A large part of learning is done visually. Reading, spelling, writing, chalkboard work and, in many schools, computers, are among the tasks students tackle all day long, day after day. Each involves the visual abilities of seeing quickly and understanding visual information frequently less than arm’s length from the eyes. Many students’ visual abilities just aren’t up to the level of the demands of these types of learning situations in the classroom.
Clear eyesight isn’t all that’s required for these close vision tasks. Youngsters must have a variety of scanning, focusing and visual coordination skills for learning and for getting meaning from reading. If these visual skills have not been developed, or are poorly developed, learning is difficult and stressful, and youngsters typically react in one or a combination of ways:
They avoid near visual work entirely, or as much as possible.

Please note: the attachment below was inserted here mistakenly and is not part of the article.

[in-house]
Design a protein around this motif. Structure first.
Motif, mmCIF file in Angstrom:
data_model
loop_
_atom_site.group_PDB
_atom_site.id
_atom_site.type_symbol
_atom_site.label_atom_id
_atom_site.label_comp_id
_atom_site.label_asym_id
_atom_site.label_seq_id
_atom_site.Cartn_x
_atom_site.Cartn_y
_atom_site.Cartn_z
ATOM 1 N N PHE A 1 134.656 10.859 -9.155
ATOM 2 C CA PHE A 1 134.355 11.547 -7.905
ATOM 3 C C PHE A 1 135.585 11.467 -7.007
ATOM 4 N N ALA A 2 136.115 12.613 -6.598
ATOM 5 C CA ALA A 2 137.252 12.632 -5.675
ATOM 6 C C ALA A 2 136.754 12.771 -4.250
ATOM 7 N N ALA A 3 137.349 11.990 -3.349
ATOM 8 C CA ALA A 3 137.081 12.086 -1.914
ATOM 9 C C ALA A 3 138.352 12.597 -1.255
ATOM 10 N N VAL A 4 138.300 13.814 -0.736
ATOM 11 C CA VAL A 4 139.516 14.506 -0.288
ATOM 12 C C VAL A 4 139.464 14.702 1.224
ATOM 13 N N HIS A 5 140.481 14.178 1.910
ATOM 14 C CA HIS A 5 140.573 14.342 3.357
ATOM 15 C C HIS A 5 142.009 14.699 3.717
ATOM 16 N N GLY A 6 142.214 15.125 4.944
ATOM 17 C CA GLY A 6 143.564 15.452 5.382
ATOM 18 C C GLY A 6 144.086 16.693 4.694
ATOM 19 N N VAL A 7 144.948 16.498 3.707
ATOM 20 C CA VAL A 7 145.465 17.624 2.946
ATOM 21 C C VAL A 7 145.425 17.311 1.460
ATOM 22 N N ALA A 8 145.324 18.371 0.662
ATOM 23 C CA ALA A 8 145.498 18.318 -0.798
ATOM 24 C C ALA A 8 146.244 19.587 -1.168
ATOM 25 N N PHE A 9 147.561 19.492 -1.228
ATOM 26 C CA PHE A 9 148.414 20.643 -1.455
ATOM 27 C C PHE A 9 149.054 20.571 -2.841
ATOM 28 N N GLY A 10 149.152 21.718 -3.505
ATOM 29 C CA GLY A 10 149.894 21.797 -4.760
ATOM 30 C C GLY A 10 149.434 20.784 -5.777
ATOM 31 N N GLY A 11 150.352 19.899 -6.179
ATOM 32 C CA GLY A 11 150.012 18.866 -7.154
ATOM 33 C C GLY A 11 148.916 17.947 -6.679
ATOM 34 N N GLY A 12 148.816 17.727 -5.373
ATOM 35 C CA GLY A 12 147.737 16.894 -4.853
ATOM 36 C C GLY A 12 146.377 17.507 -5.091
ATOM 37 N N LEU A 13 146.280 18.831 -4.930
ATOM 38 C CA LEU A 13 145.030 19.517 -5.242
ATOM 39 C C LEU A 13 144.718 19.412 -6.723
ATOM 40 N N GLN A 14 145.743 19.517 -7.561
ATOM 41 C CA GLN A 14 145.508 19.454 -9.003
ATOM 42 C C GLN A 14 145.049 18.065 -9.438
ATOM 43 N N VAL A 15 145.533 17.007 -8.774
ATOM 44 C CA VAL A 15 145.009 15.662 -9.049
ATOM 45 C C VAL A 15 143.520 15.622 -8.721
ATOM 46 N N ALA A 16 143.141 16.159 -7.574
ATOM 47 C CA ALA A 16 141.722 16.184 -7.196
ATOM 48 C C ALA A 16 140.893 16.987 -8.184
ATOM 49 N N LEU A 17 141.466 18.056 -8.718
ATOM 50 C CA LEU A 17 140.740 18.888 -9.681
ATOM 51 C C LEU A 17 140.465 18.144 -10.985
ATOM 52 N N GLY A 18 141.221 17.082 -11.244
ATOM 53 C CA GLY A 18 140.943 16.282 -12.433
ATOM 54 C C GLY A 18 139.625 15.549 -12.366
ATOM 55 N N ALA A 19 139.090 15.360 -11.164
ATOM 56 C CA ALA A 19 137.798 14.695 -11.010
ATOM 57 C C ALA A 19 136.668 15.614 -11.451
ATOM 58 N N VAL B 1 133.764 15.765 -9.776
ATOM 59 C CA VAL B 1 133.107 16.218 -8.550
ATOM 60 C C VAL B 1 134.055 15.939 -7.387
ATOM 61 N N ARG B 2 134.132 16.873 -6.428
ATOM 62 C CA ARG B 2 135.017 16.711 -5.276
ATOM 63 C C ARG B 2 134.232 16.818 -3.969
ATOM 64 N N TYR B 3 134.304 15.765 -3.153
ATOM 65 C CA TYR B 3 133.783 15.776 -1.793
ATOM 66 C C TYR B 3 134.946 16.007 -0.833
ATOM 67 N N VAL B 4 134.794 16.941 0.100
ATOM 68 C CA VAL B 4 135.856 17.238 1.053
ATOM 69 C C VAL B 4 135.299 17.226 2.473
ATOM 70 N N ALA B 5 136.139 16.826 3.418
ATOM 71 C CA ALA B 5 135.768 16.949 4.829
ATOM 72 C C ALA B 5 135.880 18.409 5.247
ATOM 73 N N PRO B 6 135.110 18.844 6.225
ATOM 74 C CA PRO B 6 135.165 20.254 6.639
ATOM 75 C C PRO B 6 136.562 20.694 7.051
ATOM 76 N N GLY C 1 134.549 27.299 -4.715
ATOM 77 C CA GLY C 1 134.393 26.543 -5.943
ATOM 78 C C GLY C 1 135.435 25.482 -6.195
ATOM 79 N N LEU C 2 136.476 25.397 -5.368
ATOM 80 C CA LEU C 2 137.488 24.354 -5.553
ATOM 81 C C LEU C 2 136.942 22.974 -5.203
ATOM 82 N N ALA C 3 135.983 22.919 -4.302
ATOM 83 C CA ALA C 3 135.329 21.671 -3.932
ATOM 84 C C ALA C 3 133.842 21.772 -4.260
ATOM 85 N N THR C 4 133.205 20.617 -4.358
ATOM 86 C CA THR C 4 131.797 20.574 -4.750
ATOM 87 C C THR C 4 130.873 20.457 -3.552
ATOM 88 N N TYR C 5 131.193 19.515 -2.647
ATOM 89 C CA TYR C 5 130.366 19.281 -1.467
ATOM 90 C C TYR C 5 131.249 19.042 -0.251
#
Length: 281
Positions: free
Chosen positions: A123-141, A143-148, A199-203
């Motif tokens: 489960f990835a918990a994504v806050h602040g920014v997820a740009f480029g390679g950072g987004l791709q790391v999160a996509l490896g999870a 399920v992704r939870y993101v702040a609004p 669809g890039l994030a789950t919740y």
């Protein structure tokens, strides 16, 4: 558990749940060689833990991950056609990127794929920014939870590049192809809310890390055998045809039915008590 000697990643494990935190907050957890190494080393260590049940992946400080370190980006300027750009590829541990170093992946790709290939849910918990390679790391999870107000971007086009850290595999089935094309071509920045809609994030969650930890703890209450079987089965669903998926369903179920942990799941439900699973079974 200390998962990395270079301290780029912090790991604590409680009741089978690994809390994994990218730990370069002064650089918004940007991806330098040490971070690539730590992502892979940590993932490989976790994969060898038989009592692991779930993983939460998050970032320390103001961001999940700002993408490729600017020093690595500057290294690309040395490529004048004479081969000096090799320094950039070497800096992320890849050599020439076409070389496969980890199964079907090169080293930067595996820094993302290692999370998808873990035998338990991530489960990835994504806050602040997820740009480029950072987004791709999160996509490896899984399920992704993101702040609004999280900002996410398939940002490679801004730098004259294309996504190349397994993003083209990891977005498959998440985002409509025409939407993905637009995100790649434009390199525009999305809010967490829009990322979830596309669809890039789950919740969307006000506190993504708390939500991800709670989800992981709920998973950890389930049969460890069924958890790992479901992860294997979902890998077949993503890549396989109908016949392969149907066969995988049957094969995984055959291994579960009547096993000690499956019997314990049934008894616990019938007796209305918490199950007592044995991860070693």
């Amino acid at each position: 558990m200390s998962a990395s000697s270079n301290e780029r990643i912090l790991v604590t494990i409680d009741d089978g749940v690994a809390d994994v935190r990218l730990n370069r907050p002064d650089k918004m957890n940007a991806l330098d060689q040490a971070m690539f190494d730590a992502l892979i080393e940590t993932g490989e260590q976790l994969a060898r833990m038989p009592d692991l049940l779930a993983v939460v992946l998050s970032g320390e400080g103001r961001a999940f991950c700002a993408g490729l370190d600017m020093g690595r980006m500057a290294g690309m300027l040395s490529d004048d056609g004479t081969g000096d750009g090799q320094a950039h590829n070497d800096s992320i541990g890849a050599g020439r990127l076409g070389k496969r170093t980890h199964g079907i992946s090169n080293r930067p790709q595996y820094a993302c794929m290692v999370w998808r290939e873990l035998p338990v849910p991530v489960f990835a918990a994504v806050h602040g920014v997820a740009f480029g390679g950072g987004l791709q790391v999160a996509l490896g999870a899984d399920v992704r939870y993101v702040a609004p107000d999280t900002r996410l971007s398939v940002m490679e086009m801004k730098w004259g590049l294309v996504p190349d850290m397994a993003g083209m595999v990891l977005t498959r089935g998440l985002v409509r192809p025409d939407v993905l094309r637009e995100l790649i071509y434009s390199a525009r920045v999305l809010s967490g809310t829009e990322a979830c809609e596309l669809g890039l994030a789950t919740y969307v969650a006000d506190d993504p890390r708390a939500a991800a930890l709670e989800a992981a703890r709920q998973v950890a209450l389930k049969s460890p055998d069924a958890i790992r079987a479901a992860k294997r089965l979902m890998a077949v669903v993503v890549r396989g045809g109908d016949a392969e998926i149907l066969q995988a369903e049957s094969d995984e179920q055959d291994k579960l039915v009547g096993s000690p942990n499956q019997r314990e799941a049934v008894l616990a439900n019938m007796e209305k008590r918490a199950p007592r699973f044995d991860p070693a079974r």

They attempt to do the work anyway, but with lowered understanding.
They often experience discomfort, fatigue and short attention span.
They adapt by becoming nearsighted, or by suppressing the vision of one eye.
Visual stress reactions can help explain the discomfort, fatigue, changes in behavior, altered eyesight and declining academic performance that often indicate a learning-related vision problem. (Vision problems do not “cause” learning disabilities. However, poor visual skills, by interfering with the process, can impede remedial efforts. It’s like trying to build a house on sand. Good vision skills, on the other hand, can provide a solid foundation for learning.)